Air France, British Airways, Lufthansa Reduce Capacity and Ground Planes

By Kurt Stolz on 30 October 2020
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A Lufthansa aircraft in Philadelphia

Europe’s largest airlines including Air France, British Airways, and Lufthansa, are cutting capacity for the remainder of the year amidst as the coronavirus pandemic-induced plummet in travel worsens and governments on the Continent and abroad struggle to limit the spread of the virus.

Lufthansa Group, which owns Austrian Airlines, Lufthansa, and Swiss, said it plans to operate 25% of the number of flights it operated in the same period in 2019, while grounding an additional 125 aircraft.

Air France said Friday it would operate 35% of its 2019 fourth quarter capacity, a reduction of 15 percentage points from the 50% it had originally planned, while sister carrier KLM will operate 45% of its 2019 Q4 capacity, a reduction of ten percentage points from what had been planned.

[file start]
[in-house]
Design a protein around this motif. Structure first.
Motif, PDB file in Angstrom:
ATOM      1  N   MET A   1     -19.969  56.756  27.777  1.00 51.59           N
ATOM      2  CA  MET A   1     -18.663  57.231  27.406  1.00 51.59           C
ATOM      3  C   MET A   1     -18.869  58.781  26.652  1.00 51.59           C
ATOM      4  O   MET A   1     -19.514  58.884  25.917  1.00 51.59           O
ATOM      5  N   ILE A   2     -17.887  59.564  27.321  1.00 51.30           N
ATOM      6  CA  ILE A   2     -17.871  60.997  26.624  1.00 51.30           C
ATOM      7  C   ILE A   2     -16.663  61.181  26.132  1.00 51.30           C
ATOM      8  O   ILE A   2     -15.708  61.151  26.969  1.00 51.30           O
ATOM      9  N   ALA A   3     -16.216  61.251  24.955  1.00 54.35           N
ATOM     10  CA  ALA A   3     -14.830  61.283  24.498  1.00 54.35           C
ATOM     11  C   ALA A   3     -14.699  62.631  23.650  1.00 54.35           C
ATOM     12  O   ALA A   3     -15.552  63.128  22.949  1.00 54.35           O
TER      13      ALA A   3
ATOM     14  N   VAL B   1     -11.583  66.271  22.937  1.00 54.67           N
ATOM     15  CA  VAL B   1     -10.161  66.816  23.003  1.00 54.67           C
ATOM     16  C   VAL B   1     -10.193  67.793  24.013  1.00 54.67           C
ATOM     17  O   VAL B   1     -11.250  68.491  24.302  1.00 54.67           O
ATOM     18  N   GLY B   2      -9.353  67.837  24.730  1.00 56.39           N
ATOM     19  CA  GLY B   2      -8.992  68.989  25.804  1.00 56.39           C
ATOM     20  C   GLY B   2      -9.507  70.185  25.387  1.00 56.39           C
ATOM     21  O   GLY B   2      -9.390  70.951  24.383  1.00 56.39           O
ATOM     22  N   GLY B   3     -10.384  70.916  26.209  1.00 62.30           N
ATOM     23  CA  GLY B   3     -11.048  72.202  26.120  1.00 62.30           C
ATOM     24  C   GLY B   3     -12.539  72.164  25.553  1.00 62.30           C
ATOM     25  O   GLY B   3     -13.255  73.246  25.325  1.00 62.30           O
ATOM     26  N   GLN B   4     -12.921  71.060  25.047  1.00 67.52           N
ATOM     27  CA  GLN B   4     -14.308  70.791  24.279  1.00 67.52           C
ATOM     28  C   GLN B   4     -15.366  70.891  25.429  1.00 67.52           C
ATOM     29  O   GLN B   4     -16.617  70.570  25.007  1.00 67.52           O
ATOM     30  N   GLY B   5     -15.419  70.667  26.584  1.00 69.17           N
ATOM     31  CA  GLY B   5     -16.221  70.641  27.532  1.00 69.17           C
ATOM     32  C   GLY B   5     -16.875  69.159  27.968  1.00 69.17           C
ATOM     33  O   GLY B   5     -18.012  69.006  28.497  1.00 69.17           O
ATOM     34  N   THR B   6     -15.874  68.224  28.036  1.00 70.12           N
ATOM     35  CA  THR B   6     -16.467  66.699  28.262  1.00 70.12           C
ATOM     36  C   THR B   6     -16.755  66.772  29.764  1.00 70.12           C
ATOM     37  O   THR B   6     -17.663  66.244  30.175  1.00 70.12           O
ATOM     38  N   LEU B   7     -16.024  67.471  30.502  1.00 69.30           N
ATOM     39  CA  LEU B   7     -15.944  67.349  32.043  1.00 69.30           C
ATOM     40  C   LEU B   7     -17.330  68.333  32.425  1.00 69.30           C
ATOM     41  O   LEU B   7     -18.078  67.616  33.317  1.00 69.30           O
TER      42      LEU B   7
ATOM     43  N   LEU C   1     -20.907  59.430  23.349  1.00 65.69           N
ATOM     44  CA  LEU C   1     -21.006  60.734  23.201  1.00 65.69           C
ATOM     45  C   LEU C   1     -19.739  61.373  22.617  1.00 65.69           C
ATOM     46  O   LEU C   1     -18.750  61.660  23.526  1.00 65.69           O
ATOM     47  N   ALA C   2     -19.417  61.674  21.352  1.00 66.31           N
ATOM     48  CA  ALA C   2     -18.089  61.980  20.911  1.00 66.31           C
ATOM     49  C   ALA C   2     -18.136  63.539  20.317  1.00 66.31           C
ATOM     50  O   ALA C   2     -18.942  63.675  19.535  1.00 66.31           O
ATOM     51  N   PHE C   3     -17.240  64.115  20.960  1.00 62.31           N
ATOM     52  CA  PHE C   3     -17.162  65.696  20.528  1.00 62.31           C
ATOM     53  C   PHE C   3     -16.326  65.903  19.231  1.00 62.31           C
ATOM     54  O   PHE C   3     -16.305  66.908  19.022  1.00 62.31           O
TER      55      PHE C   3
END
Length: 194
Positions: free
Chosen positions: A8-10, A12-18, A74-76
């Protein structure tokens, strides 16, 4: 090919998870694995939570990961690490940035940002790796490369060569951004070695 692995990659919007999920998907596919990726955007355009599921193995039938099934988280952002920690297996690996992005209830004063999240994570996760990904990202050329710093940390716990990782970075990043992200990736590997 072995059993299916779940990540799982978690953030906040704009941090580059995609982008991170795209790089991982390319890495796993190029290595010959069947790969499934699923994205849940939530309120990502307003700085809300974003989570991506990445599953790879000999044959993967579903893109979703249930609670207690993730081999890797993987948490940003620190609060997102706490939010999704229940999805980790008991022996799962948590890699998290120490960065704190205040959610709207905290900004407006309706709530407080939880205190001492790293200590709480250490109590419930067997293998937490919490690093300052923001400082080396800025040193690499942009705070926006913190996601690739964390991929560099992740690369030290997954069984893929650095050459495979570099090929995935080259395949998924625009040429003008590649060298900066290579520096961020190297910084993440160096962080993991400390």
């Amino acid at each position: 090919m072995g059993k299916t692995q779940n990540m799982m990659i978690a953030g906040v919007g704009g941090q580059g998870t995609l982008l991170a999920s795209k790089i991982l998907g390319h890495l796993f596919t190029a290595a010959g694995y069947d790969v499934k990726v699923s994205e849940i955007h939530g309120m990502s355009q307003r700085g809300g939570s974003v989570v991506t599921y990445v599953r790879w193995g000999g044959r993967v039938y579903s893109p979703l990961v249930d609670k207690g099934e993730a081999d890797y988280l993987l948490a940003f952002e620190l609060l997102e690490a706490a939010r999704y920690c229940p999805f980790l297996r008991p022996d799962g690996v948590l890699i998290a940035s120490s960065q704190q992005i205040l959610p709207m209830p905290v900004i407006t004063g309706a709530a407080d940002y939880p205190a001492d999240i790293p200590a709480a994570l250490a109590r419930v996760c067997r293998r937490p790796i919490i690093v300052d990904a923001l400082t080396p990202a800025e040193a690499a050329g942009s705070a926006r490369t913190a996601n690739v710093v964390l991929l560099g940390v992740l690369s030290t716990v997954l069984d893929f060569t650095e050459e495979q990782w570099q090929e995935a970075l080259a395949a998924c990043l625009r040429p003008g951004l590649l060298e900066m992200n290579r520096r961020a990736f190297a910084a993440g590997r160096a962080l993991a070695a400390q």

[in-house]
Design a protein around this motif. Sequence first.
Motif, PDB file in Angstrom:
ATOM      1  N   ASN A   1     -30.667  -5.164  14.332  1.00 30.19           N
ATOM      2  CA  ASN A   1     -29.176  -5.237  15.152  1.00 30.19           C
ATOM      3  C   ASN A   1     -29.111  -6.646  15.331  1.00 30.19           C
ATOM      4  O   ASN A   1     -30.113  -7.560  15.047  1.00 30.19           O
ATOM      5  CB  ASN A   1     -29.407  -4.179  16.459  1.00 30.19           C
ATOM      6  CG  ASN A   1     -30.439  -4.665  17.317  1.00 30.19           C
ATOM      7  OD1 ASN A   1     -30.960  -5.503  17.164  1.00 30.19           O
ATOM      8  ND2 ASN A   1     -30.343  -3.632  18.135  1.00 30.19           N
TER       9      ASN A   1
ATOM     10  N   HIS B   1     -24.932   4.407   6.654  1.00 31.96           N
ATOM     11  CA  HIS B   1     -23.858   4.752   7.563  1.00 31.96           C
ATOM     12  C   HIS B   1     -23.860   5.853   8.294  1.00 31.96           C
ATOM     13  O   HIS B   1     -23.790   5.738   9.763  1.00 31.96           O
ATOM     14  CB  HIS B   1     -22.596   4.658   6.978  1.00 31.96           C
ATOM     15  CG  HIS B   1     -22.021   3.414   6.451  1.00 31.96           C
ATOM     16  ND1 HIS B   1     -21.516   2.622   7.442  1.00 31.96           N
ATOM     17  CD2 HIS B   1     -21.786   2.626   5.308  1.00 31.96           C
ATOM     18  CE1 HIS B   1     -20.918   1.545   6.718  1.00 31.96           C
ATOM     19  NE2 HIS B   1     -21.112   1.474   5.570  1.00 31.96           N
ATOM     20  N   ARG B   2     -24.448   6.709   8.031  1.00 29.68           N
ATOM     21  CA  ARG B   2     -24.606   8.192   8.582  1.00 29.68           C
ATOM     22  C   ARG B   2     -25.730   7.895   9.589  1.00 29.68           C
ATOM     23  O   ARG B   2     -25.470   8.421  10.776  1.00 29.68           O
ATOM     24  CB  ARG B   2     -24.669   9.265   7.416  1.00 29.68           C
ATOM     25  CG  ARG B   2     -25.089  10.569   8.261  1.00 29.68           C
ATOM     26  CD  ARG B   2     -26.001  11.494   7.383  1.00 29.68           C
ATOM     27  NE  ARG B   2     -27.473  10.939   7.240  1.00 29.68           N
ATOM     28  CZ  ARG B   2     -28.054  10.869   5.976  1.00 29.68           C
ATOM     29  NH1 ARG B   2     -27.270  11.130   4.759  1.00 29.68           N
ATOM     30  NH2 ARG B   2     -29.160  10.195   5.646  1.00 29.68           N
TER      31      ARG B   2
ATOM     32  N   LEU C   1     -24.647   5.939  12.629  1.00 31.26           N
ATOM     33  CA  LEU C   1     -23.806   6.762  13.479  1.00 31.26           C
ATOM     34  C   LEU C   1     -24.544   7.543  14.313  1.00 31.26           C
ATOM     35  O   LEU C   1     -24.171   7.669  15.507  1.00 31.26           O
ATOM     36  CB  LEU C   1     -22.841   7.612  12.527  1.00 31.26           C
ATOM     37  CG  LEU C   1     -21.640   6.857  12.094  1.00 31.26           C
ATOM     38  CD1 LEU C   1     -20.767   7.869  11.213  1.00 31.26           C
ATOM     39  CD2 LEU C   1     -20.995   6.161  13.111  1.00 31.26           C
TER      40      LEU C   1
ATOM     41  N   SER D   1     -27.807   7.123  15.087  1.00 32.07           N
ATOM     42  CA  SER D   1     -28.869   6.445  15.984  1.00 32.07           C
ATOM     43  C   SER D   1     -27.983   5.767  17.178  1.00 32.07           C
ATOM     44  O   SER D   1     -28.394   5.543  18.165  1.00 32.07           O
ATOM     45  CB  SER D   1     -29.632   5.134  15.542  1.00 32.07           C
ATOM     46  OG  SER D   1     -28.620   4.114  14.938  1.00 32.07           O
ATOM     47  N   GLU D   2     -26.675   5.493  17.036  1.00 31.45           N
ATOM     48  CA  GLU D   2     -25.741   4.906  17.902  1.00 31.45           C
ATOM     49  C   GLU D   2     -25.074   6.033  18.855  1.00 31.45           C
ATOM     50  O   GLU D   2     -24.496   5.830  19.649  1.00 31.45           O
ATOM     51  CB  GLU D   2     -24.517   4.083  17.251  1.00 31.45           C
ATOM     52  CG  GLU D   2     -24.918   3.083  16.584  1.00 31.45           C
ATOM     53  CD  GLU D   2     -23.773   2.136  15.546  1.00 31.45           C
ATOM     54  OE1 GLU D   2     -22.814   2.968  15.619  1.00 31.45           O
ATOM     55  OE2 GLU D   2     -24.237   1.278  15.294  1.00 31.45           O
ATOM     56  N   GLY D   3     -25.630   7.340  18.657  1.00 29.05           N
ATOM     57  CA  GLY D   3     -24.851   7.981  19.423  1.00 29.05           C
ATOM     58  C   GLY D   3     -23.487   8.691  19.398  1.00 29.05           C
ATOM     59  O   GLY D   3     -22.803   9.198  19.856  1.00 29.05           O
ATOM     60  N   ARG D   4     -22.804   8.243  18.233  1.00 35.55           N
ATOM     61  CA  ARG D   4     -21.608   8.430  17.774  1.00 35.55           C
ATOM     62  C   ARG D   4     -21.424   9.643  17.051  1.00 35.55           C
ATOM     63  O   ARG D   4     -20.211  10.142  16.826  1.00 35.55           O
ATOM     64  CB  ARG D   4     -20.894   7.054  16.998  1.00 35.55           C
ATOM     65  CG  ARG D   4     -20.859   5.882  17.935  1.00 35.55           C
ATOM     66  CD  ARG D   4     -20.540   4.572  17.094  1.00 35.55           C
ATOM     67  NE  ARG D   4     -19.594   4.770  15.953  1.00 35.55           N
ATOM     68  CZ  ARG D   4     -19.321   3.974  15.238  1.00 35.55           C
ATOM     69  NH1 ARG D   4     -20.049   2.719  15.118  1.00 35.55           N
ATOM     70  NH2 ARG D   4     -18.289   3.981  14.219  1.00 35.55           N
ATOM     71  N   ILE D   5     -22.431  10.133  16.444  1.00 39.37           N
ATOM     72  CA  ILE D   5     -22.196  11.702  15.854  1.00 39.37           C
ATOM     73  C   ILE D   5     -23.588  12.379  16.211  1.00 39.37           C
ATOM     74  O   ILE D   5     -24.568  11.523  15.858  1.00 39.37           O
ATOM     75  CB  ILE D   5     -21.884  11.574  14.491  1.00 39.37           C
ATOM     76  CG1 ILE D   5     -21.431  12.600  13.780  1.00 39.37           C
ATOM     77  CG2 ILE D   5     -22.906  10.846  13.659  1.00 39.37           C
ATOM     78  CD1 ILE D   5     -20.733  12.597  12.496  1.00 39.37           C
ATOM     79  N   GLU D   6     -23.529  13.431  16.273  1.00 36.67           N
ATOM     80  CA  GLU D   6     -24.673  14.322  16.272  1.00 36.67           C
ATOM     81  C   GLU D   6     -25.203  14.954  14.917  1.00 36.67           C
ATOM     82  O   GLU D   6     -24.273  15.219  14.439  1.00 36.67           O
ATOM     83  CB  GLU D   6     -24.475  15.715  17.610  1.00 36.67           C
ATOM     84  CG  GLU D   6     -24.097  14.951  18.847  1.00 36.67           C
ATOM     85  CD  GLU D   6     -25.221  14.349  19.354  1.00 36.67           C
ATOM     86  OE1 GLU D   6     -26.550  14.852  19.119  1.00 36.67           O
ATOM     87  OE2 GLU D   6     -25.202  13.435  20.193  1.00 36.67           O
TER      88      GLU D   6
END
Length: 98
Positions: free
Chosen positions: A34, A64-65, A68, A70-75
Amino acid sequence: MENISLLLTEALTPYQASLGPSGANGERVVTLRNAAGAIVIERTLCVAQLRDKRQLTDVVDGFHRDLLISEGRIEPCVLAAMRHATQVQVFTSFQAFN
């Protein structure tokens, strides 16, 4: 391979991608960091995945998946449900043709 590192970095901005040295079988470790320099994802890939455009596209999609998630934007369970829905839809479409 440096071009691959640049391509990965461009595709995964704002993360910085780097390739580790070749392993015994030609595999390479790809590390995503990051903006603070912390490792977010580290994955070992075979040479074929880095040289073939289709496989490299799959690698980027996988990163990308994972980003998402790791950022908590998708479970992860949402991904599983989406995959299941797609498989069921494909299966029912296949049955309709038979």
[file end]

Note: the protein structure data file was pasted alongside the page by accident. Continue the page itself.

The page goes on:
Meanwhile, British Airways’ parent International Airlines Group, which also owns Aer Lingus, said it would reduce Q4 capacity to 30% of its 2019 Q4 flying from the previously announced 40%.

“When we have lockdown, there is a direct impact,” said IAG’s newly installed CEO, Luis Gallego, on a call with reporters Friday.  He said that a pent-up demand for travel is being undermined by what he termed “volatile” new travel restrictions and quarantine requirements. He also said he holds out hope that a safe travel corridor or air bridge would open up between London and New York with the use of Covid-19 testing.  The London-New York market is the busiest in the world based on available seat miles or capacity.

(Photo: Accura Media Group)

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